- Do not make a hole in an area previously covered with plumber's putty. The putty can change shape over time, making the hole larger and changing the rate of time it takes for the water to drip out.
- If you make a mistake, you should cover up the hole with plumber's putty and try to create a new one in a different spot.
Assemble the water clock in the proper order.The upper container needs to be positioned over the lower container so that the water dripping out of the upper container can drip into the lower one.
- Attach the wooden stake to the lower container using strips of clear packing tape. Both the container and stake should stand vertically straight, and the float stick should be placed inside the lower container.
- Set the upper container on a ring stand or box and angle it so that the water from the upper container can drip down into the lower container without hitting the float stick. You do not need to secure the upper container to the lower container, but you should avoid bumping it as it runs, since doing so could make the results less accurate.
- Perform a quick test by running water through the system to verify that everything is in working condition.
Calibrate the clock.Before you can use your water clock to tell time, you need to calibrate the stick so that you can use it to gauge the passage of time.
- Use a permanent marker with a fine tip to draw a small line on the float stick, just above the bottom eyelet screw, and a matching line on the wood stick. These lines are your starting point. Mark it as "0 seconds."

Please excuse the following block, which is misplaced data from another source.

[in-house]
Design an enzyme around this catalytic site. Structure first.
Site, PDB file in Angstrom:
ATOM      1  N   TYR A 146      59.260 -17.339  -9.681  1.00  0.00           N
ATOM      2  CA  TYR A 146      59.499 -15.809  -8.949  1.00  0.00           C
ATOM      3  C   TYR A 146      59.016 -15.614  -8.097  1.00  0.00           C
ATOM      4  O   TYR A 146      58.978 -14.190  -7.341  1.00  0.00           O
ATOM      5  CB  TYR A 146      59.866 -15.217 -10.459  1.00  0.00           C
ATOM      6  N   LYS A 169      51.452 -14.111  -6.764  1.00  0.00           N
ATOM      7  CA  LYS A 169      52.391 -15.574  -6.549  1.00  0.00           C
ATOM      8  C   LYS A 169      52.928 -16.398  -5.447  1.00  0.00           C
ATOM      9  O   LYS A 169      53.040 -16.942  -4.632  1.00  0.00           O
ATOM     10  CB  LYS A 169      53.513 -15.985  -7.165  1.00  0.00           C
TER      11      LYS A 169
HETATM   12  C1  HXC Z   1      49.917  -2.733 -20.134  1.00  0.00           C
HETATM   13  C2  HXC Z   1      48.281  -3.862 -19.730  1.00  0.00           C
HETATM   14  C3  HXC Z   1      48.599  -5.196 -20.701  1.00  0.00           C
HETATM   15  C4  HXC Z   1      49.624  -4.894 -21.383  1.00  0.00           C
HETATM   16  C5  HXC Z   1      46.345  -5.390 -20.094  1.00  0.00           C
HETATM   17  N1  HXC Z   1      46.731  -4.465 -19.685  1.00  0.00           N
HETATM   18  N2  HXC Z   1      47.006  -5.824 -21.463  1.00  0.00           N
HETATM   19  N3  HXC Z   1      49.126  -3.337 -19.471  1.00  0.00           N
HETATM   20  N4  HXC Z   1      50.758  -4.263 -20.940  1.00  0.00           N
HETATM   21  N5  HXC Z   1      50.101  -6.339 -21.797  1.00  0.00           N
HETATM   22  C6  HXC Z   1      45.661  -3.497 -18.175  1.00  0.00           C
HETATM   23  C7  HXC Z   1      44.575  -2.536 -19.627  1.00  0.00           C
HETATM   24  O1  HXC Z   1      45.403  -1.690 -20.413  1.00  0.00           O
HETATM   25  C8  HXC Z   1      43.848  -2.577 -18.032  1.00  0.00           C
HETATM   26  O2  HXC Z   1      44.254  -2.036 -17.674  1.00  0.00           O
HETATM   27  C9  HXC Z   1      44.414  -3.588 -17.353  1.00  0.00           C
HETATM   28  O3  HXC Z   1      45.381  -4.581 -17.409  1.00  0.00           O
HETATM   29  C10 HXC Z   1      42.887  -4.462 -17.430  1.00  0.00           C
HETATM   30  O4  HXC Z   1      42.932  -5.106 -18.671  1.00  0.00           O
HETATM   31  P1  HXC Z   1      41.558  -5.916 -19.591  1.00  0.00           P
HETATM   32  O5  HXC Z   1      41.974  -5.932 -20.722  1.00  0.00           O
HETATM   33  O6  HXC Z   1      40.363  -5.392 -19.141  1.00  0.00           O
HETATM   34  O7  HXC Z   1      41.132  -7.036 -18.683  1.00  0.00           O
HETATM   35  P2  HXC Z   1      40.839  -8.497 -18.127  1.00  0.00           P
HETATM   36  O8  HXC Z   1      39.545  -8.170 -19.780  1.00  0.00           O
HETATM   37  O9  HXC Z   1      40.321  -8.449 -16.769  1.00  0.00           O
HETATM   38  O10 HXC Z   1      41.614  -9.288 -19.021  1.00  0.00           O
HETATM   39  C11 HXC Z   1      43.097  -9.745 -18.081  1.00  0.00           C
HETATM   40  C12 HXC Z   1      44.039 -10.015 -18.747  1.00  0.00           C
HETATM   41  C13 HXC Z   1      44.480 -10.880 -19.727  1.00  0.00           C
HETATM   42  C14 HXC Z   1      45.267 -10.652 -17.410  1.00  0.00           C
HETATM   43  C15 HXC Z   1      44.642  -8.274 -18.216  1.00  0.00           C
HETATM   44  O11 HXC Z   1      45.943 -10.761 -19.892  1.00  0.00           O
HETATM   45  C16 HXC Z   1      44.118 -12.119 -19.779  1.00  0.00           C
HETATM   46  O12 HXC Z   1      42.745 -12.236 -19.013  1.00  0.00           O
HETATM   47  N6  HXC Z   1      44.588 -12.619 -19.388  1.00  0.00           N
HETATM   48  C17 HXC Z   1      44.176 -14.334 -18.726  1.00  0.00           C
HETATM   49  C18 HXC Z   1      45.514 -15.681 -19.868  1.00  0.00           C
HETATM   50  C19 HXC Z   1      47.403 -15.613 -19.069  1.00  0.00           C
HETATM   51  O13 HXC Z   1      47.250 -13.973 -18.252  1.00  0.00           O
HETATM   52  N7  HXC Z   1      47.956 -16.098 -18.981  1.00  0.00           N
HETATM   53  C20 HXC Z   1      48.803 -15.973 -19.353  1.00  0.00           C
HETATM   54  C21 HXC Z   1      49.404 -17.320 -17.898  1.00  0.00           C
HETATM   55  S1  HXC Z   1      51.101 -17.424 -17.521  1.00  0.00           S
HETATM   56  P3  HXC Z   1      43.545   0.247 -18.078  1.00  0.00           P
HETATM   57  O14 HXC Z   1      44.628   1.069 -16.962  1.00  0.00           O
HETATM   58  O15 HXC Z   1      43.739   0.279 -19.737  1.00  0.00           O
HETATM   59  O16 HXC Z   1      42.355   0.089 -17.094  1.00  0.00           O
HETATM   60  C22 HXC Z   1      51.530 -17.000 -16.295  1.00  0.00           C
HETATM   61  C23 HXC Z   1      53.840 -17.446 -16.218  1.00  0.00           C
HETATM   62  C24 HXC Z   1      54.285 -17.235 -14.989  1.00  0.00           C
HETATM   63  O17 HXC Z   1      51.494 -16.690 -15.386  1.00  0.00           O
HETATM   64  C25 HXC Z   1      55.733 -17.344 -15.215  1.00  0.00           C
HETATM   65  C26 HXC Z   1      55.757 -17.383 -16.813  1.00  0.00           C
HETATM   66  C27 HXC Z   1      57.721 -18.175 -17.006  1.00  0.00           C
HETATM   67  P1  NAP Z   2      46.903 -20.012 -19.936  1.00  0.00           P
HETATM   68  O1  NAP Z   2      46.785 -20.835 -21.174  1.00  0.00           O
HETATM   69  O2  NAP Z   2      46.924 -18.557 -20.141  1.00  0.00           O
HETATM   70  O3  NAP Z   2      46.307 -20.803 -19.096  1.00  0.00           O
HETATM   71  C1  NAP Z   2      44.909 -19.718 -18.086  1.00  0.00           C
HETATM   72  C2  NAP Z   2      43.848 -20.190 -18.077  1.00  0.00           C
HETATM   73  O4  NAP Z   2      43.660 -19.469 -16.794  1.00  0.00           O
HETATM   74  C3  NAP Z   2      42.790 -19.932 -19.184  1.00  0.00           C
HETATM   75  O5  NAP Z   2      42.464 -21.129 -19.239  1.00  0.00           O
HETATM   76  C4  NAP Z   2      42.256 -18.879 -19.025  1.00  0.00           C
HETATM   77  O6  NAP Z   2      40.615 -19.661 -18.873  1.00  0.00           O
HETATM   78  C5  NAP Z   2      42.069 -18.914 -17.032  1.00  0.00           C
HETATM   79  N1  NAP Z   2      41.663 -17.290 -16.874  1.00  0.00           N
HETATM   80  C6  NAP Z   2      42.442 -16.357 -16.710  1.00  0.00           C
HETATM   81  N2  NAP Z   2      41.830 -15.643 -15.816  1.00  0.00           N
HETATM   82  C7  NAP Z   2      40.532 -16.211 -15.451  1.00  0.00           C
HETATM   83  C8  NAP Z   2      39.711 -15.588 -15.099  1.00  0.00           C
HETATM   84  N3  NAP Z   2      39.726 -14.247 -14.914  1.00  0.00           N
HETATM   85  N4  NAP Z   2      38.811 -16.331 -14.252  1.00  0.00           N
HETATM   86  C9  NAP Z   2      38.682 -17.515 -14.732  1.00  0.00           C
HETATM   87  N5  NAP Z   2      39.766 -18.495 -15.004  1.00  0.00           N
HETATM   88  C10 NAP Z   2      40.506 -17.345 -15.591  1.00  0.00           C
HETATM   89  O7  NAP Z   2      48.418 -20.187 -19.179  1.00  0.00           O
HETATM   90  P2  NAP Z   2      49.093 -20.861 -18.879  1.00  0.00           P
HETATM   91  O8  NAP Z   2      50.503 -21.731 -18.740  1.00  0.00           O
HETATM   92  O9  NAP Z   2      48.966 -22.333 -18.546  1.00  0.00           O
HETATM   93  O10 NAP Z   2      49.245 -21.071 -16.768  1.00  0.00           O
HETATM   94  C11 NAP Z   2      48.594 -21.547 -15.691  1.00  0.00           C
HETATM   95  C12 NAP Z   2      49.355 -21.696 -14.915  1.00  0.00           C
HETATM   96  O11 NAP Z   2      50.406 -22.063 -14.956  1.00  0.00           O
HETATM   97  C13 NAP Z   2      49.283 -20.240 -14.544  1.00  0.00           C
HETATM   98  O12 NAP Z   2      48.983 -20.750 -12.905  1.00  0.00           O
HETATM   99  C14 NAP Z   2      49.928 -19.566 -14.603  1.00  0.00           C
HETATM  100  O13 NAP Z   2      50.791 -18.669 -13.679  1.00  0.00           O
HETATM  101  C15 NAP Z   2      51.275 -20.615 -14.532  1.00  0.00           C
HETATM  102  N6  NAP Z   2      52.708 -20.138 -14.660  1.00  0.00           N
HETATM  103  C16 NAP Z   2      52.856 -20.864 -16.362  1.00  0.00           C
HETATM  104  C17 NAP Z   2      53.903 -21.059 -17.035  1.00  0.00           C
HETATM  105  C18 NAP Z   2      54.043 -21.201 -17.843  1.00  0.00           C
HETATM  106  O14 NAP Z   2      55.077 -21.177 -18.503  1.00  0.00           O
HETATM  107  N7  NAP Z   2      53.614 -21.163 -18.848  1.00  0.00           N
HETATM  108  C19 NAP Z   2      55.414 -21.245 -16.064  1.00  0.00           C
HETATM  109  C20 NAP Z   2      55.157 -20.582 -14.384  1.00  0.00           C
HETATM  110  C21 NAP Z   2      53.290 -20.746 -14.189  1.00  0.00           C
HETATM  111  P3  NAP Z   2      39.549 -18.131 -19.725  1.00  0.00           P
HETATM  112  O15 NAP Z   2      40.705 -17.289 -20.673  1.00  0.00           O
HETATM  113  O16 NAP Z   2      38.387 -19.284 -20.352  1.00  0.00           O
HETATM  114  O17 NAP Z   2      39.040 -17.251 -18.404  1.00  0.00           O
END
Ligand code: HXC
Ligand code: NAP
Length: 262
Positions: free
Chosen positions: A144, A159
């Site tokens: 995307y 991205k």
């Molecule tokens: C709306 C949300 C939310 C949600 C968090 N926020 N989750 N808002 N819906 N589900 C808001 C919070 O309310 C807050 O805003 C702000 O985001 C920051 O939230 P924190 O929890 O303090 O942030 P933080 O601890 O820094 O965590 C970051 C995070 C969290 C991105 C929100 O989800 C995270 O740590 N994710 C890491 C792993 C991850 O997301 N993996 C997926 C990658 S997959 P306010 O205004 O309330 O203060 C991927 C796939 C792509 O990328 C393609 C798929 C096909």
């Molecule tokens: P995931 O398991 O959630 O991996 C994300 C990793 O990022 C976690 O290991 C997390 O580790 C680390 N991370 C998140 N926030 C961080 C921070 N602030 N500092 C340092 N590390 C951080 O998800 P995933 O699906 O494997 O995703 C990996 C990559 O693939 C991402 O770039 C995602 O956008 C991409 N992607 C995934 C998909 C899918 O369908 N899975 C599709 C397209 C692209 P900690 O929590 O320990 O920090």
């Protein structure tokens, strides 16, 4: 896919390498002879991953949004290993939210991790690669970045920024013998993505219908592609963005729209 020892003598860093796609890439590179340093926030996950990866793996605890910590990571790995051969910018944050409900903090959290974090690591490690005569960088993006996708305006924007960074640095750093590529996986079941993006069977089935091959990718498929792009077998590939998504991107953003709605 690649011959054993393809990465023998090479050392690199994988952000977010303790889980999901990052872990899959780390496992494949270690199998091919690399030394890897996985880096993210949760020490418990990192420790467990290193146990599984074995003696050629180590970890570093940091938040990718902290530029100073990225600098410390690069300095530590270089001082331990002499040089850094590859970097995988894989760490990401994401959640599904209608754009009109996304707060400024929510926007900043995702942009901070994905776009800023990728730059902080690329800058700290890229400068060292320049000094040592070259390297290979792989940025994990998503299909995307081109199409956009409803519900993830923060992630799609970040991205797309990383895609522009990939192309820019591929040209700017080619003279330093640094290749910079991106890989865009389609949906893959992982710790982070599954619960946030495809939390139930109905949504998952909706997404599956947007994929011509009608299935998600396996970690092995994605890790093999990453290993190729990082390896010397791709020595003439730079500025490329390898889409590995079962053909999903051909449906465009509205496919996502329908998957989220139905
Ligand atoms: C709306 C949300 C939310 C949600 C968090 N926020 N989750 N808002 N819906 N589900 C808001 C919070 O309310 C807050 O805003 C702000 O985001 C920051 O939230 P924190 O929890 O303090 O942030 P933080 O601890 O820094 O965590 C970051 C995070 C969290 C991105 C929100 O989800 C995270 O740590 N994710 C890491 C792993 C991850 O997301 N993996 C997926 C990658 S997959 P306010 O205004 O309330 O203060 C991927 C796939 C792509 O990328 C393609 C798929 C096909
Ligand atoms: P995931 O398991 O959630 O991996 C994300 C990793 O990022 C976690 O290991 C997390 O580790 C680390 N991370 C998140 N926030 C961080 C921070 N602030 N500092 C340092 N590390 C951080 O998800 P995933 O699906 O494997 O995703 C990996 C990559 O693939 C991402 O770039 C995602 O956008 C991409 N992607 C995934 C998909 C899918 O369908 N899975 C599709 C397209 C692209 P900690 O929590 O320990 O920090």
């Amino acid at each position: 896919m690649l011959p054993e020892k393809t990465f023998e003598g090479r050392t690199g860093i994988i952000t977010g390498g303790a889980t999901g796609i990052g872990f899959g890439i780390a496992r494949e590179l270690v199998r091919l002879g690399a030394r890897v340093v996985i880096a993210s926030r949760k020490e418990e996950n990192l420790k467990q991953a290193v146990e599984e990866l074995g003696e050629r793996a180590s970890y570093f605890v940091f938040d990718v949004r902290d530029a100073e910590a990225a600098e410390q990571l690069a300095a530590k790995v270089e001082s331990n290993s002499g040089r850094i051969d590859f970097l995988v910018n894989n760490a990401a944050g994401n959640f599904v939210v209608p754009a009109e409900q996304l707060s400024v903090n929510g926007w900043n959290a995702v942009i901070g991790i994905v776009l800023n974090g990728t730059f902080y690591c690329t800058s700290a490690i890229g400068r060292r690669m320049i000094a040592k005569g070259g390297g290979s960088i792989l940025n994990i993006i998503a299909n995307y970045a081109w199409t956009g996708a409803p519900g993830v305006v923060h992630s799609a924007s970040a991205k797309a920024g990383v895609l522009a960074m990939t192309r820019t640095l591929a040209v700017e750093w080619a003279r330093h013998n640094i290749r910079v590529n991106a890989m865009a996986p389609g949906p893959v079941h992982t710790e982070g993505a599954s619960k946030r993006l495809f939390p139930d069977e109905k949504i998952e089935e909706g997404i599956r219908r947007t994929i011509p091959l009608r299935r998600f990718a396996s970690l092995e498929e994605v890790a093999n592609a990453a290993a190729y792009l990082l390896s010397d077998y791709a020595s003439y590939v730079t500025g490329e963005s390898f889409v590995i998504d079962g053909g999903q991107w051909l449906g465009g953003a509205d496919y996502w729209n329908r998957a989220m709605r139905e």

- Set a kitchen timer for a set amount of time. For this version of the water clock, which should last for several hours, 30 minutes to 1 hour is ideal. Do not start it yet.
- Pour water into the upper container. Block the hole with your finger to prevent the water from flowing out yet. Use your marker to draw a line showing the starting water level on the inside of the upper container.
- Start the timer as soon as you uncover the hole on the upper container.
- After your set amount of time passes, use your marker to draw another line on your wood stick to match the line drawn on your float stick. Label this line with the correct amount of time.
- Continue to let the water drip out, marking every interval of 30 to 60 minutes on the stake, until all the water has dripped into the bottom container from the top.
Use the water clock as desired.From this point on, your water clock should be able to accurately tell how much time has passed based on the current water level, as indicated by the calibrated gauge drawn on your wooden stake.
QuestionIs there anything else I can use besides a wine cork?wikiHow ContributorCommunity AnswerYes. As it says, you can use any material/thing that has the following properties: Shouldn't absorb water, should be lightweight, should float.Thanks!
QuestionDo I have to use a wood stake and plumber's putty?wikiHow ContributorCommunity AnswerYes, in my opinion. It helps the water jar to stand in a better position.Thanks!
QuestionHow can the time be measured?wikiHow ContributorCommunity AnswerThe time is measured according to the drops of water. For example, a drop is one second.Thanks!
How can I do this but have a sound?
Can the cork be horizontal instead of vertical?
Things You'll Need
Simple Water Clock
Disposable plastic bottle
Plastic cup (optional)
Watch or clock
Bradawl, nail, drill, or other sharp tool
Advanced Water Clock
Ring stand or box
Wood stake, 3/4 x 3/4 x 36 inches (1.9 x 1.9 x 91.4 cm)
Two eyelet screws, No.
Video: ✔ How To Make Water Clock